The 34mm Tudor Royal With “Cheese” Shines On This Monday’s Breakfast Menu
“Do you know what they call a sporty, chic, steel Tudor with yellow gold accents in Switzerland? No. What do they call it? A Royal with ‘cheese.’” If you’ve ever watched Quentin Tarantino’s legendary movie Pulp Fiction, you will get this loose paraphrase of a famous dialog between Jules Winnfield and Vincent Vega. Need me to refresh your memory? The scene in the car in which Vincent, who had to lie low in Holland and France, told his partner in crime Jules about the peculiarities of the European countries with the metric system after returning to the job in LA. Anyway, I got my hands on the latest 34mm Tudor Royal with its 18ct yellow gold bezel that looks as tasty as Gouda cheese and sank my teeth right into it.
The Tudor Oyster Royal was first “served” in the 1950s. The current Royal collection is an entirely new “recipe,” though. And when I say new, I mean a combination of well-established “flavors” that are very much to the taste of current watch buyers. I’m, of course, talking about retro flavors. The watches in the new Royal collection, which debuted in 2020, look like they originated in the 1970s. The engine-turned bezel, for instance, and the case shape immediately bring the Rolex Oysterquartz to mind. The classic luxury sports watch is all the hype these days, and the Royal with its 5-link integrated bracelet with a folding clasp and a safety catch, ticks every box.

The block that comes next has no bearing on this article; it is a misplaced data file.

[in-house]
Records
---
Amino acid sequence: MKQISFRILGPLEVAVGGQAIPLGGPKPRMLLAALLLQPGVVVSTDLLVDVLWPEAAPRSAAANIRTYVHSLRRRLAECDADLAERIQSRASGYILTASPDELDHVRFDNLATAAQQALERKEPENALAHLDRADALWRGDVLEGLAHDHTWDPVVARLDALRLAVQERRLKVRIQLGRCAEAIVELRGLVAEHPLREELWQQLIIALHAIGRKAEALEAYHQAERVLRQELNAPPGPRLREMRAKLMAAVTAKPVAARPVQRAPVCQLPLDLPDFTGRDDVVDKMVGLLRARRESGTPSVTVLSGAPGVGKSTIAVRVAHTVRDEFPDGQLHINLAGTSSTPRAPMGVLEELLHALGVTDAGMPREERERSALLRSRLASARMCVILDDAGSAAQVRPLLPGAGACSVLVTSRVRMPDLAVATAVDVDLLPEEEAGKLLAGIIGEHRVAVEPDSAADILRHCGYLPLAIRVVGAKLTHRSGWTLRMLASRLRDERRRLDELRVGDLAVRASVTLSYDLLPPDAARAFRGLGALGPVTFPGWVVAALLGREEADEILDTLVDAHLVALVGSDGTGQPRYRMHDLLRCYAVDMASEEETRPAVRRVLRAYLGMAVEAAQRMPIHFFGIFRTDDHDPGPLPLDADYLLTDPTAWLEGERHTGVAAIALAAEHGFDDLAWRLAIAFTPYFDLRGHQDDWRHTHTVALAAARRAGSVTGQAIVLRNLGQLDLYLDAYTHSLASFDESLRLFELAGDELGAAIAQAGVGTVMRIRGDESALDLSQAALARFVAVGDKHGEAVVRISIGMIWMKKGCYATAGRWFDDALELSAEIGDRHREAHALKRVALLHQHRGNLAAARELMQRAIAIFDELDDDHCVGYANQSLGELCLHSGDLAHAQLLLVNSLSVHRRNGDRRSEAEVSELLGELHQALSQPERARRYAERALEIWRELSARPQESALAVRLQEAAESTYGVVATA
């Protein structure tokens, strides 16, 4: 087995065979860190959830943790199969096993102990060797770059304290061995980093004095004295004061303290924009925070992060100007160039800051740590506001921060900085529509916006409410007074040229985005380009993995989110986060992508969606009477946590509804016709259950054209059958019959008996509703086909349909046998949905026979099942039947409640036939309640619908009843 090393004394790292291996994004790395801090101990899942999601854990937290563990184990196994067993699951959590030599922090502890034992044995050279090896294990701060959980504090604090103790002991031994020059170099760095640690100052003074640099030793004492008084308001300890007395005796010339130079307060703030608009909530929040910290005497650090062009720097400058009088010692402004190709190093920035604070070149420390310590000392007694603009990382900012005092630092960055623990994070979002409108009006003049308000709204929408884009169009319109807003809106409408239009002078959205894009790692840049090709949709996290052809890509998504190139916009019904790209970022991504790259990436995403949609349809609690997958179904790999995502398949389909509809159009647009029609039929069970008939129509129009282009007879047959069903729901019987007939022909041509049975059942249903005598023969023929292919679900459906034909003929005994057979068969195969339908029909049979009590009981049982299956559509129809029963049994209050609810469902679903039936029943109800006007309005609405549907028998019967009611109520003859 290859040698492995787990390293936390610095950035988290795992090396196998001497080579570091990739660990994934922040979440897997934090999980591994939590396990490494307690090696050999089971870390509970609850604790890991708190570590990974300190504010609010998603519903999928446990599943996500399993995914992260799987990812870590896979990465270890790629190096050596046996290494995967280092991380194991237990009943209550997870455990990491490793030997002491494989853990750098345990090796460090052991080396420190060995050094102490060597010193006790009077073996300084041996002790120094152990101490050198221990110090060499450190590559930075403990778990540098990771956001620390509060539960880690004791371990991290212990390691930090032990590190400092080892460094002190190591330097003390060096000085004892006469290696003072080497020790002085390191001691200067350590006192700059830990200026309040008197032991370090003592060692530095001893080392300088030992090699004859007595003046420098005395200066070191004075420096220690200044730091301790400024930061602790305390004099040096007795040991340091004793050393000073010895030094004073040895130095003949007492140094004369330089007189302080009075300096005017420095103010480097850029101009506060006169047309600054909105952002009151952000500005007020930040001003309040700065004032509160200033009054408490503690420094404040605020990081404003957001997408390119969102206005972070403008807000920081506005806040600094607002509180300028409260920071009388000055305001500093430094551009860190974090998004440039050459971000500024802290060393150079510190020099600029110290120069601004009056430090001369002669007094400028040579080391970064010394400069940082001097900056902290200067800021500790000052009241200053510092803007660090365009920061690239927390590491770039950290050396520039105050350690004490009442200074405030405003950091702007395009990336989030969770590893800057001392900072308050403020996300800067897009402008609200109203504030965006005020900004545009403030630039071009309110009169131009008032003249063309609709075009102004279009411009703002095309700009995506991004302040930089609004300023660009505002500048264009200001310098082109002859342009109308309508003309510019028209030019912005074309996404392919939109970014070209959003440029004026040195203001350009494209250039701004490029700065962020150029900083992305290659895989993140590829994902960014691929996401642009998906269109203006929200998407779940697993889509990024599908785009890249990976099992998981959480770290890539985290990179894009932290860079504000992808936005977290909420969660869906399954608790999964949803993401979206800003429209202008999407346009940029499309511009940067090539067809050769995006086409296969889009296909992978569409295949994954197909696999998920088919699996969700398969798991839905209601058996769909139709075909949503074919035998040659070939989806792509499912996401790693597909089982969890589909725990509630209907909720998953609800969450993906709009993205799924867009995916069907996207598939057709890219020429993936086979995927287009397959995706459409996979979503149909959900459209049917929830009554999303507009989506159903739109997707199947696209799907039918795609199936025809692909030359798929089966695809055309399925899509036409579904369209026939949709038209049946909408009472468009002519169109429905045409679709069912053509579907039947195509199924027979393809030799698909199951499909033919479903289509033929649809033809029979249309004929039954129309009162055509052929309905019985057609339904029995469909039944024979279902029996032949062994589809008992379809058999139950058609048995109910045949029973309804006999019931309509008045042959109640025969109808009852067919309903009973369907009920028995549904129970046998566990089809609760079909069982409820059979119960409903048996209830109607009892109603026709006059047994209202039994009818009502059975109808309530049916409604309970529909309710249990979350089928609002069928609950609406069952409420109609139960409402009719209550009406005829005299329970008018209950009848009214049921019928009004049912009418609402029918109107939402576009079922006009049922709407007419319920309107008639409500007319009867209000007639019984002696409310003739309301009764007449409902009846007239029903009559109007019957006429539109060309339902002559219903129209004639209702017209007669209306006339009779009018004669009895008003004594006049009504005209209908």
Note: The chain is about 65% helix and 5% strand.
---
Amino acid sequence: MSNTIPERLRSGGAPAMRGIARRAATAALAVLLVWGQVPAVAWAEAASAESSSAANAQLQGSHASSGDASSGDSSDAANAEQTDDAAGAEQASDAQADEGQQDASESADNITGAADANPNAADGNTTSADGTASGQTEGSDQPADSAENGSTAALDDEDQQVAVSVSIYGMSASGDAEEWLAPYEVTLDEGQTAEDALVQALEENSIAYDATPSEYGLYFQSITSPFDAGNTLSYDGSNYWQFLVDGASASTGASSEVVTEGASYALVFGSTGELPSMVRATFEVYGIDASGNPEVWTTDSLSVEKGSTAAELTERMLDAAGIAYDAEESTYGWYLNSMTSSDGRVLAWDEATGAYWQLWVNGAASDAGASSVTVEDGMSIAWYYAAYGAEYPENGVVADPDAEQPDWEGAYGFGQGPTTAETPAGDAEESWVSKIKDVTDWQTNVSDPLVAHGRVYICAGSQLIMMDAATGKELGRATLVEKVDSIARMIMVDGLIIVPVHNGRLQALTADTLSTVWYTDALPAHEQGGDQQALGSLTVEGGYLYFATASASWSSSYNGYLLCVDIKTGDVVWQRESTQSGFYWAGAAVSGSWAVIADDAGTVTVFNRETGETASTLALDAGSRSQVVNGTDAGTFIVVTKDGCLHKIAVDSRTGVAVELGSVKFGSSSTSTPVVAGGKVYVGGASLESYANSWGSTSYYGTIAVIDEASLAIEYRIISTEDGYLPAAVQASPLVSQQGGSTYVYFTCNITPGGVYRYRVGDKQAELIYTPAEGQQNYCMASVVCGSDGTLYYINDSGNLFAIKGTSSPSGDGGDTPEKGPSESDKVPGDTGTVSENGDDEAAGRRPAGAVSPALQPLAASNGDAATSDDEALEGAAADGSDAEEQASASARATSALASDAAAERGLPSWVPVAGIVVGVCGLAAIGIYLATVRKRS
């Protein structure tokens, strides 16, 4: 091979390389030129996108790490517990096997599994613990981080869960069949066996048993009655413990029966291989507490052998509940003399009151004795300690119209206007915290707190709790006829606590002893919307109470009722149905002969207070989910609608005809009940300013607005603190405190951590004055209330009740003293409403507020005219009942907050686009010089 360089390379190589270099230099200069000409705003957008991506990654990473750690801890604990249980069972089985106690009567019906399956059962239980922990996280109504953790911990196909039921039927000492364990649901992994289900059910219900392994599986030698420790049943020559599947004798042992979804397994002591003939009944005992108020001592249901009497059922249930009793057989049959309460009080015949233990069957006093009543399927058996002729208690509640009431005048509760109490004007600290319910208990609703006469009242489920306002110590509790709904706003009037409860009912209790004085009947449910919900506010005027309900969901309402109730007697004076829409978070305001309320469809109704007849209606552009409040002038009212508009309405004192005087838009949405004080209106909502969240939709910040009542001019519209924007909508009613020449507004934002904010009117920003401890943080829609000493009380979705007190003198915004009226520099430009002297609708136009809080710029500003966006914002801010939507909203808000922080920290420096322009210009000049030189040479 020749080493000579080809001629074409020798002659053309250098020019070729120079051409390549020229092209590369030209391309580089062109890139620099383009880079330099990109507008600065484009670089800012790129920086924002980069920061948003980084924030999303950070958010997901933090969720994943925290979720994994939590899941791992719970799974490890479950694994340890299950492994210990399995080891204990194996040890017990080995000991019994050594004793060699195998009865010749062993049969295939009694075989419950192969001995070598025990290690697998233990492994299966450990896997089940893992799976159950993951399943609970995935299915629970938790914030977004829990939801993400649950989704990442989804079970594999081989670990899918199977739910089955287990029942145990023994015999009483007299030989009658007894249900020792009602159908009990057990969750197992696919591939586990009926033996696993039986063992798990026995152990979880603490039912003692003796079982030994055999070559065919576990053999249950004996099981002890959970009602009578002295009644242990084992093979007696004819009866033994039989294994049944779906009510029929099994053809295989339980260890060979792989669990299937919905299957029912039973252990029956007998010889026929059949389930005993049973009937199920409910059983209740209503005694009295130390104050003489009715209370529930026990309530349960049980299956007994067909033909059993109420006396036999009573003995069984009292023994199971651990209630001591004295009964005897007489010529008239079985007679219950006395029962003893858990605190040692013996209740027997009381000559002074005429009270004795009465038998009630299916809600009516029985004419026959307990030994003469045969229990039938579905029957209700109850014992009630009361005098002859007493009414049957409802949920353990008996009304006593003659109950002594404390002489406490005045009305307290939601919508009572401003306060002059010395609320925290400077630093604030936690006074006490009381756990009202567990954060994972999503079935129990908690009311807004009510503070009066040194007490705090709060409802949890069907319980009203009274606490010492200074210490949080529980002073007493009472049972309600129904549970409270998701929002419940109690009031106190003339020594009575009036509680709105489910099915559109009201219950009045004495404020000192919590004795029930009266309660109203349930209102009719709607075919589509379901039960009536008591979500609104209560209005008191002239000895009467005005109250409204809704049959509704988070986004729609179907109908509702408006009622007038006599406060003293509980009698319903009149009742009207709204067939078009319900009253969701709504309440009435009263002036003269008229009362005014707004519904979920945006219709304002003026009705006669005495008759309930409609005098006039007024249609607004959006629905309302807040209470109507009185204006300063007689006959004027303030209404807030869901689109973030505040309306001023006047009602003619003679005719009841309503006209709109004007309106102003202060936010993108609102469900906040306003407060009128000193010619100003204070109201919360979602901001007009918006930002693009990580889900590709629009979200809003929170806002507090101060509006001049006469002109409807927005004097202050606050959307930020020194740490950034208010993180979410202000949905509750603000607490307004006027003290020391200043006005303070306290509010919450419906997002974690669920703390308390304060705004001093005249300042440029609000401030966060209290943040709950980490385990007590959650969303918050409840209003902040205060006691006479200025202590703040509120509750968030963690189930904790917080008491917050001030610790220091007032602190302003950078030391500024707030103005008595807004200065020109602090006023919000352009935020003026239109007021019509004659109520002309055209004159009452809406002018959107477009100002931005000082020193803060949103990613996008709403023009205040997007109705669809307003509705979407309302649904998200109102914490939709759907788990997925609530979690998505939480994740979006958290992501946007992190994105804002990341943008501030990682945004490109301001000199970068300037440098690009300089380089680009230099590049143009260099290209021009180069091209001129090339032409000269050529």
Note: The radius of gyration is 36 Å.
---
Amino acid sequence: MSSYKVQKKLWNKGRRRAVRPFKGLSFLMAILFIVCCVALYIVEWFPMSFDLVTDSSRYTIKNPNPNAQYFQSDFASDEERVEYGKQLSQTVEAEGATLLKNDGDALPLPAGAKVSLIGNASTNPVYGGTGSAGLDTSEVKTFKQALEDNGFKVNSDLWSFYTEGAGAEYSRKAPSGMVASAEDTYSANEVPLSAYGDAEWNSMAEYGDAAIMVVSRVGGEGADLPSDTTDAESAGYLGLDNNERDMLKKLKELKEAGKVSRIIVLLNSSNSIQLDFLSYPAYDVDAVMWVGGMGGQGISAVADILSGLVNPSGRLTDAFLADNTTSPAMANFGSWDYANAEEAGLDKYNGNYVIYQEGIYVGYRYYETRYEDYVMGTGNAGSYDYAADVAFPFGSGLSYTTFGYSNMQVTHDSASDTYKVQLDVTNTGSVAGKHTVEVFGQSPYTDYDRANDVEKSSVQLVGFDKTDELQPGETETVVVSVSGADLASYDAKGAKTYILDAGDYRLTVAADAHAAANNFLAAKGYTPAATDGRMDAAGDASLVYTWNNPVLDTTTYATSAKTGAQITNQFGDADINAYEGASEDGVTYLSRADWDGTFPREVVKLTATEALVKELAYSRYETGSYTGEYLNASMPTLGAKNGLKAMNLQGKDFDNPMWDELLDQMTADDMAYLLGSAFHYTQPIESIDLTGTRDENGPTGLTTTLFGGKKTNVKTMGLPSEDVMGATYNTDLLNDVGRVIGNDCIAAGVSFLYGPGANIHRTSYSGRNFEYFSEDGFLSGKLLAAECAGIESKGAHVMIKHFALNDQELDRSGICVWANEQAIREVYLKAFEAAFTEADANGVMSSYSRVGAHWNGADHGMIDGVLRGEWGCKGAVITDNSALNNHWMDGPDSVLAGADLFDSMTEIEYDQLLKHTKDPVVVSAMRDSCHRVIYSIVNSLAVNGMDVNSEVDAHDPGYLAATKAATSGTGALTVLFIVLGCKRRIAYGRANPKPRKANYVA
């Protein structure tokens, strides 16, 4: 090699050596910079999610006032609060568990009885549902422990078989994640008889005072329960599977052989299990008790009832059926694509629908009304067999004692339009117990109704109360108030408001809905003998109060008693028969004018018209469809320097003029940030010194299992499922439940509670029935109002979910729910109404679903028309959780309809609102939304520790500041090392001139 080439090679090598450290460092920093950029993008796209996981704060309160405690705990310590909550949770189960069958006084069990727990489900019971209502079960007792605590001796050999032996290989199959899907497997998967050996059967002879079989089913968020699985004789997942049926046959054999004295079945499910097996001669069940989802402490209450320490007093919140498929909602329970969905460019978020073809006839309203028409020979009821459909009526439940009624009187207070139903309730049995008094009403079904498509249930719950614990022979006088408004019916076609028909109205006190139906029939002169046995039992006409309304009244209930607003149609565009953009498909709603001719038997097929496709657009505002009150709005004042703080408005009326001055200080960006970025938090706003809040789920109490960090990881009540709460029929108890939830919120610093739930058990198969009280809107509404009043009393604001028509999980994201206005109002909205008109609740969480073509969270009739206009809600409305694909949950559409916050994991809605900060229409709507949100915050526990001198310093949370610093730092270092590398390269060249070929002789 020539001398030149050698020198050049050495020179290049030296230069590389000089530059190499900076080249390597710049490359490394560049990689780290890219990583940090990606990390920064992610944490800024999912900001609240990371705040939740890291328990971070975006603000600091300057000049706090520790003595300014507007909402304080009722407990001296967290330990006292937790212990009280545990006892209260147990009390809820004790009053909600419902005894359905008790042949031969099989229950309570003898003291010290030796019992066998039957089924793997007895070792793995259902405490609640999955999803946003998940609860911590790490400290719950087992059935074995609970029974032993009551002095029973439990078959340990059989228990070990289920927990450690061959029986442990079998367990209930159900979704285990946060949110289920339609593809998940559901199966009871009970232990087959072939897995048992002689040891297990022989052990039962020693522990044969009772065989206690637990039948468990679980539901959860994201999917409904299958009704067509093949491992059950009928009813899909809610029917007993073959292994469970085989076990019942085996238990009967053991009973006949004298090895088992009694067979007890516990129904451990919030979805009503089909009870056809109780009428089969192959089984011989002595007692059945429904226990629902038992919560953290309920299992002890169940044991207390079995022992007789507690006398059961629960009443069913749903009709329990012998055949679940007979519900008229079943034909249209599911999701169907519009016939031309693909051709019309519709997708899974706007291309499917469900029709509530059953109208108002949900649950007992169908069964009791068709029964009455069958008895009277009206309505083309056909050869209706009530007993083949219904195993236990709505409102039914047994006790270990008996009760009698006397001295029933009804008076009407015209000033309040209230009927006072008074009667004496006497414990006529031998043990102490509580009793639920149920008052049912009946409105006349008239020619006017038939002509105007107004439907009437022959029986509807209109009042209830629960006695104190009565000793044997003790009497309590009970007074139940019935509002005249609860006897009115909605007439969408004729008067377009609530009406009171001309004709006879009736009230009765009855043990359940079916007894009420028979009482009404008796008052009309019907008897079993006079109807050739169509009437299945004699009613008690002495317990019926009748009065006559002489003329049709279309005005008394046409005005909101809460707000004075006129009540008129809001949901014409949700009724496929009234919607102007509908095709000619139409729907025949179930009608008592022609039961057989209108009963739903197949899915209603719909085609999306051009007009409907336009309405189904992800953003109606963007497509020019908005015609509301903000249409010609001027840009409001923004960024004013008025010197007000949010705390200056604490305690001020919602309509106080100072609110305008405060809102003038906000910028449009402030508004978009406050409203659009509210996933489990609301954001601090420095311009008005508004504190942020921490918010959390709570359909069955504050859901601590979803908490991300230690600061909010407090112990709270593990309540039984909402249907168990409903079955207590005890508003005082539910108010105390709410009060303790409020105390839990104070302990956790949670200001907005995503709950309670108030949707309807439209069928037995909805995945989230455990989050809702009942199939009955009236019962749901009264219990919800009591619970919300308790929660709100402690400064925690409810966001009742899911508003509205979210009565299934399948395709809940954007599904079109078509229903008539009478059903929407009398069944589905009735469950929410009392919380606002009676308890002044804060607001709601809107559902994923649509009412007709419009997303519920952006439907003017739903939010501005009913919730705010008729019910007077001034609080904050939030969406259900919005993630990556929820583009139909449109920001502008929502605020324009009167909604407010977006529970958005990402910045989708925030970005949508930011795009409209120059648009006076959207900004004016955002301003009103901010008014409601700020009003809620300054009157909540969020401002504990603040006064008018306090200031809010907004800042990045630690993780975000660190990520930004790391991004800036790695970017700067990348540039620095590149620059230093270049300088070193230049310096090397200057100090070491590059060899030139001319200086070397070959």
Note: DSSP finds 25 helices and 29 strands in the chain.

The bi-color 34mm Tudor Royal with a new chocolate brown dial
The newest iteration of the Royal is the two-tone model. The combination of steel and yellow gold is not new; the chocolate brown dial is, however. And in brown and bi-color, the Royal looks more “Rolex” than ever before. It’s the mix of materials and colors, but also the presence of applied Roman numerals, that shine under the sapphire crystal. But don’t let the watch’s classic character mislead you; it’s still water-resistant to a depth of 100 meters.
“Would you like to supersize your Royal?”
Remember when the staff at McDonald’s asked you if you would like to supersize your menu? They don’t anymore because the menu option didn’t make them enough money – not because the fast food chain wanted to fight obesity. But you can supersize your Tudor Royal if you want. The collection consists of the 28, 34, and 38mm time-and-date versions, and the biggest one you can pick is the 41mm Day-Date. The Royal on my wrist is the 34mm (M28403-0008) snack-size version. It may wear like a snack, but it feels and wears like a large starter that can even double as a healthy main course. The watch wears like a 36mm timepiece, and that’s because of the proportions, colors, materials, and design.